California has a relatively high cost of living when compared with other states, which means that losing your job in California can prevent a much more serious and immediate hardship. There are situations in which an employer has the right to terminate their workers, and there are also situations in which a company firing an individual is a violation of that individual’s right or employment law.
Situations where an employer violates someone’s rights or the law itself by the firing of an individual are wrongful termination. Wrongful termination claims can lead to legal action by the victim against the company involved.
What constitutes wrongful termination in California?
One of the most basic rights of an employee is the right to be free from retaliation. Whether you need workers’ compensation benefits because you got hurt, reported a manager for sexual harassment or had to act as a whistleblower because the company violated the law, your employer cannot fire you for standing up for yourself or alerting others to illegal activity. Retaliation typically constitutes wrongful termination.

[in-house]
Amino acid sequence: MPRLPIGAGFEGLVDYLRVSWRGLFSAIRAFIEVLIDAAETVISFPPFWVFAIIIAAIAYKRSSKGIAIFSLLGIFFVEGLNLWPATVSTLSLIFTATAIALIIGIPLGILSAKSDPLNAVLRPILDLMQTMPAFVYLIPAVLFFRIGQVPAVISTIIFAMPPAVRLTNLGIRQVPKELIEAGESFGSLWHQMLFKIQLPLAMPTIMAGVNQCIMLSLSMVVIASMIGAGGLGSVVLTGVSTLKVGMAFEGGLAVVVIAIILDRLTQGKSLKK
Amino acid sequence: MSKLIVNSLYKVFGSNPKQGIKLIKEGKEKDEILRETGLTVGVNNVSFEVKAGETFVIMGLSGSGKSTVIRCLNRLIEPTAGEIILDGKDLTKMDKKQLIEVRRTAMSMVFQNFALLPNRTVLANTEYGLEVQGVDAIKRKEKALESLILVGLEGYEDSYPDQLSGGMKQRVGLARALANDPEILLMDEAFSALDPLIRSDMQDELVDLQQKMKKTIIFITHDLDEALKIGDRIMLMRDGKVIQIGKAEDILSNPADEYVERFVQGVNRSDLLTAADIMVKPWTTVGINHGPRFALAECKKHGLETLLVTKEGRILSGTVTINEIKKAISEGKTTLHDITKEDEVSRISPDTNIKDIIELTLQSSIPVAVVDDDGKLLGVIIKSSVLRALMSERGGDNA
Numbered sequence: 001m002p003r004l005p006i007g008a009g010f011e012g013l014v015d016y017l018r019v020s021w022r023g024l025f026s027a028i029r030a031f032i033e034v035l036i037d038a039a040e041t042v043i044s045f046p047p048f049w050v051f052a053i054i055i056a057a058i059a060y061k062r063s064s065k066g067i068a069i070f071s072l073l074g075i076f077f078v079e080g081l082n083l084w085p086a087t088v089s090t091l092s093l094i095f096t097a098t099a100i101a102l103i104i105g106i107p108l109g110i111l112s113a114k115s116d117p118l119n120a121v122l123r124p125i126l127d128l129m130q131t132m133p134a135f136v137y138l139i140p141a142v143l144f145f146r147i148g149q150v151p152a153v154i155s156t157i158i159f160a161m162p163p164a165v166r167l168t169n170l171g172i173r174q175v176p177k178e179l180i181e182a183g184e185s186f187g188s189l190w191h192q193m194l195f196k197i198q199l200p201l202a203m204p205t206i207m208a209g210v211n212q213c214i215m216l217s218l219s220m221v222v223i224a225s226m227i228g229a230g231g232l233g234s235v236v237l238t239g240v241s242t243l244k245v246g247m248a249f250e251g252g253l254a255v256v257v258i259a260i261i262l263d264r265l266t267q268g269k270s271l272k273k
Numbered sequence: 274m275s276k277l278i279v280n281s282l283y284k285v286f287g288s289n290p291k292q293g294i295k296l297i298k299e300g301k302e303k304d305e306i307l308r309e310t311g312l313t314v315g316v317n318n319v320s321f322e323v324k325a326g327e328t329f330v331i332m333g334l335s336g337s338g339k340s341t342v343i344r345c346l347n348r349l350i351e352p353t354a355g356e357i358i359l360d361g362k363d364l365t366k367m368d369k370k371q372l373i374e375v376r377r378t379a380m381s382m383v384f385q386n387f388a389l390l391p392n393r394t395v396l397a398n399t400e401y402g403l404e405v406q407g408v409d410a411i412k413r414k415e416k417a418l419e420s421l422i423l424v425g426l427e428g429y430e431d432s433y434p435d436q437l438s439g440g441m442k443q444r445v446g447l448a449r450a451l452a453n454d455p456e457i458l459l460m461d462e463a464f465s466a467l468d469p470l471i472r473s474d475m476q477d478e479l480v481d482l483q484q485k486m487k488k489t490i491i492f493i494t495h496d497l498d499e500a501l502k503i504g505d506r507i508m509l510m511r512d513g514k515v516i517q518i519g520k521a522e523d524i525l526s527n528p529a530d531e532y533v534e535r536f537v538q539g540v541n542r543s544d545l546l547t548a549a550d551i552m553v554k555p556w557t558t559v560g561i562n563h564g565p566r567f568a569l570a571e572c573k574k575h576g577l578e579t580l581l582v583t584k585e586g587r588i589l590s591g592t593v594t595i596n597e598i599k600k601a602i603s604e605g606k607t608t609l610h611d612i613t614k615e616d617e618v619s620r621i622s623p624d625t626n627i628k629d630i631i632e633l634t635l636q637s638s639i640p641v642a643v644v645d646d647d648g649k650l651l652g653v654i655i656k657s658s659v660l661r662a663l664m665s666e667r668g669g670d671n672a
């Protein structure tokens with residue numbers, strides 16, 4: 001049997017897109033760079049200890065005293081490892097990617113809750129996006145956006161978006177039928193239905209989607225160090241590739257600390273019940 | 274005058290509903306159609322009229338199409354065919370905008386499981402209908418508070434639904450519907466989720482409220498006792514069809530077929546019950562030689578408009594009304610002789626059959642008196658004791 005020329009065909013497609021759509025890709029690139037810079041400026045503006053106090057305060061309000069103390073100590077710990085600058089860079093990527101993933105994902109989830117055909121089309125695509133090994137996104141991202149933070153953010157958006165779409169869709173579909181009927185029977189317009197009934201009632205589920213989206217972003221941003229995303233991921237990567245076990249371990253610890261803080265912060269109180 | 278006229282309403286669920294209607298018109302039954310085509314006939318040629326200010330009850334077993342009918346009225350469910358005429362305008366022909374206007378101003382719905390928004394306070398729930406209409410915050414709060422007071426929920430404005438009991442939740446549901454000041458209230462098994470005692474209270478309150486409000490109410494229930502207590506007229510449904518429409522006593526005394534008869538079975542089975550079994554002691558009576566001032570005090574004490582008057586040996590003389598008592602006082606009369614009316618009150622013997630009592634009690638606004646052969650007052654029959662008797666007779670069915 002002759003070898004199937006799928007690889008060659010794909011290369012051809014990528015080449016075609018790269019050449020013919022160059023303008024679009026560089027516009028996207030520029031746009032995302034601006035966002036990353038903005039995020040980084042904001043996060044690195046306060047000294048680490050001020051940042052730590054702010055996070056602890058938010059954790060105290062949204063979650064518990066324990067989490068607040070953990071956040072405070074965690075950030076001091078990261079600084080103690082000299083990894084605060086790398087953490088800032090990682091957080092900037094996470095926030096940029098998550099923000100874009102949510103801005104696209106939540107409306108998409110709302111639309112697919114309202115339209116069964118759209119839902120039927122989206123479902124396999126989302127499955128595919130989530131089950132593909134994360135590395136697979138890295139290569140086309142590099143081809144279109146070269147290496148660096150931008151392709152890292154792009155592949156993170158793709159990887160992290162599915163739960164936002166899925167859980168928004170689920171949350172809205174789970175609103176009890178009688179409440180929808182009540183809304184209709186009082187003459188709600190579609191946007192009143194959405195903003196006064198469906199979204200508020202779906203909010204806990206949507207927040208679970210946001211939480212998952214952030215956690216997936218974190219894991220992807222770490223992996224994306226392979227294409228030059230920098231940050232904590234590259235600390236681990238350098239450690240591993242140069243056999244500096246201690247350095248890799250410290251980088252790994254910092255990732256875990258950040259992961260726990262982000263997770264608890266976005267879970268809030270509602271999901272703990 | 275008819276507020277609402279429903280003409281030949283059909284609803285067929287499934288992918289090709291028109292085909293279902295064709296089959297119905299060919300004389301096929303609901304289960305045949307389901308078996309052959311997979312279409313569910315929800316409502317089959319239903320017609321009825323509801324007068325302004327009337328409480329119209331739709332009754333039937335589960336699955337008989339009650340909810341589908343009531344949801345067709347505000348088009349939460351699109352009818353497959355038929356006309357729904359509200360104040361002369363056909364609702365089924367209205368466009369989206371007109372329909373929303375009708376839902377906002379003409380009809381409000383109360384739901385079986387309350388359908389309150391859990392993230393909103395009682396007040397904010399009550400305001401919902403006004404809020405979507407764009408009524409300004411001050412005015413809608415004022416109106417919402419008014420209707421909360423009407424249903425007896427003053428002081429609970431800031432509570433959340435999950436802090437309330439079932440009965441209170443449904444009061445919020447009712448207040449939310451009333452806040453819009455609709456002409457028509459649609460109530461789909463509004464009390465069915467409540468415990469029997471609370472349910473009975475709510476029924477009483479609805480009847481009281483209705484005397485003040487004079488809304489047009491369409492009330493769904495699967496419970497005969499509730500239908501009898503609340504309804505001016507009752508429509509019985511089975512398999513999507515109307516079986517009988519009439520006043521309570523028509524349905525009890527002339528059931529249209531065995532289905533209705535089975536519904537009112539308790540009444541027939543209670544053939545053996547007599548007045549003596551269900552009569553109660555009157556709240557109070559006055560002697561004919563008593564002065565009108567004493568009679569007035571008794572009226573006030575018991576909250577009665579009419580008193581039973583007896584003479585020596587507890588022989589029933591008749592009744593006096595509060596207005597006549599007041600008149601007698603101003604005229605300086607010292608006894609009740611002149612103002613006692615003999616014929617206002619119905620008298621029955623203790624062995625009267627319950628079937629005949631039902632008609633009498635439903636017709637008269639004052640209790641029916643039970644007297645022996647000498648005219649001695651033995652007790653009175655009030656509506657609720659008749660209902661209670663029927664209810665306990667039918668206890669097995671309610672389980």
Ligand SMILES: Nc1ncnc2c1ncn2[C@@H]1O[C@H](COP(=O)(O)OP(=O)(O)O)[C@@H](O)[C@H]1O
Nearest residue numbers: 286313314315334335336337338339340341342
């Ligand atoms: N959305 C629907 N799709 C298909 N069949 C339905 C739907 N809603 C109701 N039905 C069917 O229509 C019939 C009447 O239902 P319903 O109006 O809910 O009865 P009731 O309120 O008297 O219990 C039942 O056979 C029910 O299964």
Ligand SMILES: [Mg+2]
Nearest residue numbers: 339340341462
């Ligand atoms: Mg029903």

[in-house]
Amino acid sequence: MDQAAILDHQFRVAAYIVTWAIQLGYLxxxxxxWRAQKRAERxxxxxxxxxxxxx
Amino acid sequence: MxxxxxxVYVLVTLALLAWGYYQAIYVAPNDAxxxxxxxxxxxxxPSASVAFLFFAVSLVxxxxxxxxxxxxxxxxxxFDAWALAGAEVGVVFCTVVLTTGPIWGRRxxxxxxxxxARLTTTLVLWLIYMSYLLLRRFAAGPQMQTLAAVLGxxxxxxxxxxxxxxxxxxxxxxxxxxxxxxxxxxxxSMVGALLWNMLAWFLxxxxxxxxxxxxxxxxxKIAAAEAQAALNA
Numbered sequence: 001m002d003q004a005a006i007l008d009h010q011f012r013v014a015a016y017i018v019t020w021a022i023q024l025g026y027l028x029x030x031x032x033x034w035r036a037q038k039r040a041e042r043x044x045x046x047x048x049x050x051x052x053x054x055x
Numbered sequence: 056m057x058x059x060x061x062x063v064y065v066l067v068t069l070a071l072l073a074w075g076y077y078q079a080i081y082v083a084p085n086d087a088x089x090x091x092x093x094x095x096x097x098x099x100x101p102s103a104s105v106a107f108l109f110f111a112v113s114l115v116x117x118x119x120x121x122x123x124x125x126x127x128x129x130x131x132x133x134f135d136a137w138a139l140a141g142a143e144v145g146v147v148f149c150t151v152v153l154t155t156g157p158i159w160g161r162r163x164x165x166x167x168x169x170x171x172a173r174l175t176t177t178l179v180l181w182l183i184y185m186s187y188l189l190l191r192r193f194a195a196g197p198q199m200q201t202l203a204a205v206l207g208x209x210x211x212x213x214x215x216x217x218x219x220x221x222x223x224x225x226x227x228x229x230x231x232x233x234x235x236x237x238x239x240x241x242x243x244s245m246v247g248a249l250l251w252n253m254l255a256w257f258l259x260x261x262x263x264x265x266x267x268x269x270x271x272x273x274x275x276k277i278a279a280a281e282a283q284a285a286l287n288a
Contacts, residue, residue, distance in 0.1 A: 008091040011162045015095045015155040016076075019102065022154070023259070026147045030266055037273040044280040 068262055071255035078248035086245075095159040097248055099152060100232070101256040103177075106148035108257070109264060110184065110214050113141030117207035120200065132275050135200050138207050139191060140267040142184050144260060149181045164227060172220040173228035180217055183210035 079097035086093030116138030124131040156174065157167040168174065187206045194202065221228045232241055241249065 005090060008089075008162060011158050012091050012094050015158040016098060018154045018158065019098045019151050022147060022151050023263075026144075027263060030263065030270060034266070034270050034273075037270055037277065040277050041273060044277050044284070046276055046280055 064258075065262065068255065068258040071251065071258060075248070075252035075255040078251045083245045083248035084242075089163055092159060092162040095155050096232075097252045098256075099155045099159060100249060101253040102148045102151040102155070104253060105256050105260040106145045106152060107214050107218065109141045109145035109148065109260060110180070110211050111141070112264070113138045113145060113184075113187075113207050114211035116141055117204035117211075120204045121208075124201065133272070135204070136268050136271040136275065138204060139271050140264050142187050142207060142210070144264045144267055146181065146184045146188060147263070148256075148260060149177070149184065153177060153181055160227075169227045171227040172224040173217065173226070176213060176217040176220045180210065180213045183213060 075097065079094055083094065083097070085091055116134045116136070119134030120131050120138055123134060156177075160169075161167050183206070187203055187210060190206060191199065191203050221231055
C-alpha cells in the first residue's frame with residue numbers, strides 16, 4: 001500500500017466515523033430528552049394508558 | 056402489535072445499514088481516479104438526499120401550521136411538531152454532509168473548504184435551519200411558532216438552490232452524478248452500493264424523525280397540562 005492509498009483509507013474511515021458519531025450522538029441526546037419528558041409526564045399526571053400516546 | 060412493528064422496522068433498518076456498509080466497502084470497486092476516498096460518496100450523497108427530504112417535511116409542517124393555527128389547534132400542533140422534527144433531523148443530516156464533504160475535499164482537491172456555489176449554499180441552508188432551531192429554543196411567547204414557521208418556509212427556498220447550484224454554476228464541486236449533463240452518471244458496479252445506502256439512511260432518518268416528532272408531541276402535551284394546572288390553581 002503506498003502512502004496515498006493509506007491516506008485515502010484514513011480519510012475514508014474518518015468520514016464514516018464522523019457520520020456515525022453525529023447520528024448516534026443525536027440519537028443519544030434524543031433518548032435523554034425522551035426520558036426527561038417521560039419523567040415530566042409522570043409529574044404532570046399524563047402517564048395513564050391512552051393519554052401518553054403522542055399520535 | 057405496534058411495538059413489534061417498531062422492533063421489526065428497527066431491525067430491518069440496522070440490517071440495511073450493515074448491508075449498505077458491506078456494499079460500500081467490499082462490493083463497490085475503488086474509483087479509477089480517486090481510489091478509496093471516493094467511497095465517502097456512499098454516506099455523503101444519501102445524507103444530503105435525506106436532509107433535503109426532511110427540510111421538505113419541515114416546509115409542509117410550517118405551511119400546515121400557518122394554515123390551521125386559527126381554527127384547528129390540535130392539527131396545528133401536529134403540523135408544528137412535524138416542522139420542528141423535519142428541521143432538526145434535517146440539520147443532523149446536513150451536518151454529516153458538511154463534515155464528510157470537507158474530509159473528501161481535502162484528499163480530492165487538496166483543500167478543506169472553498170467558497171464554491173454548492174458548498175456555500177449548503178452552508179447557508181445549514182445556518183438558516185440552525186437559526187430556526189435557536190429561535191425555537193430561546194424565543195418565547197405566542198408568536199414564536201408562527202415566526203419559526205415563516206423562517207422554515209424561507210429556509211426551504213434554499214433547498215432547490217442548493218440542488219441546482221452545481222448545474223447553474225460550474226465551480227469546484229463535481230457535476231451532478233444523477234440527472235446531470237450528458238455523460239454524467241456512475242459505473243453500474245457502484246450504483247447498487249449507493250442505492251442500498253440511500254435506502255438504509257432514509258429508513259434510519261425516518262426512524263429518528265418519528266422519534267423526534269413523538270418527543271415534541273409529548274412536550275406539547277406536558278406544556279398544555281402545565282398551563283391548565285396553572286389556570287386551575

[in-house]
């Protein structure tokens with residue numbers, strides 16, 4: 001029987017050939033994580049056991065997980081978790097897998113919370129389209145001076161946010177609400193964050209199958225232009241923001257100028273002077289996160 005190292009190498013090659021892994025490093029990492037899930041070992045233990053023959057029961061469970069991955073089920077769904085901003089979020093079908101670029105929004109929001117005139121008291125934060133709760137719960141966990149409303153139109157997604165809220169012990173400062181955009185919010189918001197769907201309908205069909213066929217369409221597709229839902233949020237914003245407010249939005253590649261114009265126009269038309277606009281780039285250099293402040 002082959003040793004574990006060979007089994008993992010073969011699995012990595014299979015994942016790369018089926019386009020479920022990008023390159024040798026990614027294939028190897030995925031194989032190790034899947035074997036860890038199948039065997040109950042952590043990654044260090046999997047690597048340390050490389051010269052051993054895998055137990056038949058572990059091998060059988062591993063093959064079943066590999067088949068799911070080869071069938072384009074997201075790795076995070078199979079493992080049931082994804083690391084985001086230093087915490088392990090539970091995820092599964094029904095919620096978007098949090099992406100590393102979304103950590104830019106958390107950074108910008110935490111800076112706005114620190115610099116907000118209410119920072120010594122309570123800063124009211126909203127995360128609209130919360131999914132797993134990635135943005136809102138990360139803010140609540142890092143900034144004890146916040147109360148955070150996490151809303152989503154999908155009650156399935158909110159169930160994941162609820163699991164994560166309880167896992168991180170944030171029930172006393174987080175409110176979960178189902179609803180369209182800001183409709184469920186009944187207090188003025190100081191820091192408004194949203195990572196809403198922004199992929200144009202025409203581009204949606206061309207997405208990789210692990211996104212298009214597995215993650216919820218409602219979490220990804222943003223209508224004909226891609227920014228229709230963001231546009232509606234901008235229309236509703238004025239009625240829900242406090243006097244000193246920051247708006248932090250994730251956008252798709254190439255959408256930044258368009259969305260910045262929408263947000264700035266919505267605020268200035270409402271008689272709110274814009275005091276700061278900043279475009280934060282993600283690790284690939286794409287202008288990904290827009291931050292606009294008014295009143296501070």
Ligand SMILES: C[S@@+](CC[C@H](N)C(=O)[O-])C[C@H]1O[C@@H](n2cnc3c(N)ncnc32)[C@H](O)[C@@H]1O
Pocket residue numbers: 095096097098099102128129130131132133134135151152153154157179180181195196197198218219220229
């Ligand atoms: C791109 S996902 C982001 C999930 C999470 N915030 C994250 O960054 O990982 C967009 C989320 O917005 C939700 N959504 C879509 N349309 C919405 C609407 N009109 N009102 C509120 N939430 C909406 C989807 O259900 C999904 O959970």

Additionally, your employer cannot fire you because of a protected characteristic, such as your gender, age if you are over 40, religion or medical condition. Your employer also should not terminate you in a way that violates your employment contract. However, if your employment contract does not include a specific duration for your employment agreement, the courts may interpret that as an at-will agreement without a specific term.
Looking over your contract and discussing the situation that led to your termination with someone familiar with California employment law can help you get an idea of what options you have.